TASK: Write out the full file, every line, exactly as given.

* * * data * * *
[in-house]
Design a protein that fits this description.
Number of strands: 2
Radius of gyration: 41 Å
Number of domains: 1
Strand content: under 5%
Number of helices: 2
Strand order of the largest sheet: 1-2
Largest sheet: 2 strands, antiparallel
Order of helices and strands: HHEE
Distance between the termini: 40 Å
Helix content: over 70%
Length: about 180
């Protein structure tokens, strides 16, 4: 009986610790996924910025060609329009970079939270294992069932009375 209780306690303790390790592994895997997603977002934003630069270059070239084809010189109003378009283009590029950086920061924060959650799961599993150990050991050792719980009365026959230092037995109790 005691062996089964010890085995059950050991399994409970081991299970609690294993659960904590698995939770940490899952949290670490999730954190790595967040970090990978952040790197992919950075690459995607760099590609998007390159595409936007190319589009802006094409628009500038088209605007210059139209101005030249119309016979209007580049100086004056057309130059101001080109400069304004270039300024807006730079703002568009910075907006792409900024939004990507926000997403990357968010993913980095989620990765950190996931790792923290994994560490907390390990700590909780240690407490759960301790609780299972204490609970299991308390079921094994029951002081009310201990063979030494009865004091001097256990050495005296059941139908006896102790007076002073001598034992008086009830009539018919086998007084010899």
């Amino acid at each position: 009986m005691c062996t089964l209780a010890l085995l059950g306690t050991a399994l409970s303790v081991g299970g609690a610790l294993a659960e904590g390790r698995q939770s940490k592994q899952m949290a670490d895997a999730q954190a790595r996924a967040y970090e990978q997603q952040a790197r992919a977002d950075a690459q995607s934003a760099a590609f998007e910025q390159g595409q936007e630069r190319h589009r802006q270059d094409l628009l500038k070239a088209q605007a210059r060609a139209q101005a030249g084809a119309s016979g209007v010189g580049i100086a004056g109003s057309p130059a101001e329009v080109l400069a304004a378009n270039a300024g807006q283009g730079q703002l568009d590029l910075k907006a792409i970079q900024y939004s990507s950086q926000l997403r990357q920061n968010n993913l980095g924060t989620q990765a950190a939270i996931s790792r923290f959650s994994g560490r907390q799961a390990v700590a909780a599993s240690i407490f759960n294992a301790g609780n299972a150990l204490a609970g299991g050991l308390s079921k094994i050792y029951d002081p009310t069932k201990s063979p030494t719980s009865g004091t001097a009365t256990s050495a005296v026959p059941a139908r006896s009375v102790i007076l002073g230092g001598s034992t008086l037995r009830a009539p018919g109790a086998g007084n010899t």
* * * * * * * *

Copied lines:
[in-house]
Design a protein that fits this description.
Number of strands: 2
Radius of gyration: 41 Å
Number of domains: 1
Strand content: under 5%
Number of helices: 2
Strand order of the largest sheet: 1-2
Largest sheet: 2 strands, antiparallel
Order of helices and strands: HHEE
Distance between the termini: 40 Å
Helix content: over 70%
Length: about 180
């Protein structure tokens, strides 16, 4: 009986610790996924910025060609329009970079939270294992069932009375 209780306690303790390790592994895997997603977002934003630069270059070239084809010189109003378009283009590029950086920061924060959650799961599993150990050991050792719980009365026959230092037995109790 005691062996089964010890085995059950050991399994409970081991299970609690294993659960904590698995939770940490899952949290670490999730954190790595967040970090990978952040790197992919950075690459995607760099590609998007390159595409936007190319589009802006094409628009500038088209605007210059139209101005030249119309016979209007580049100086004056057309130059101001080109400069304004270039300024807006730079703002568009910075907006792409900024939004990507926000997403990357968010993913980095989620990765950190996931790792923290994994560490907390390990700590909780240690407490759960301790609780299972204490609970299991308390079921094994029951002081009310201990063979030494009865004091001097256990050495005296059941139908006896102790007076002073001598034992008086009830009539018919086998007084010899």
């Amino acid at each position: 009986m005691c062996t089964l209780a010890l085995l059950g306690t050991a399994l409970s303790v081991g299970g609690a610790l294993a659960e904590g390790r698995q939770s940490k592994q899952m949290a670490d895997a999730q954190a790595r996924a967040y970090e990978q997603q952040a790197r992919a977002d950075a690459q995607s934003a760099a590609f998007e910025q390159g595409q936007e630069r190319h589009r802006q270059d094409l628009l500038k070239a088209q605007a210059r060609a139209q101005a030249g084809a119309s016979g209007v010189g580049i100086a004056g109003s057309p130059a101001e329009v080109l400069a304004a378009n270039a300024g807006q283009g730079q703002l568009d590029l910075k907006a792409i970079q900024y939004s990507s950086q926000l997403r990357q920061n968010n993913l980095g924060t989620q990765a950190a939270i996931s790792r923290f959650s994994g560490r907390q799961a390990v700590a909780a599993s240690i407490f759960n294992a301790g609780n299972a150990l204490a609970g299991g050991l308390s079921k094994i050792y029951d002081p009310t069932k201990s063979p030494t719980s009865g004091t001097a009365t256990s050495a005296v026959p059941a139908r006896s009375v102790i007076l002073g230092g001598s034992t008086l037995r009830a009539p018919g109790a086998g007084n010899t």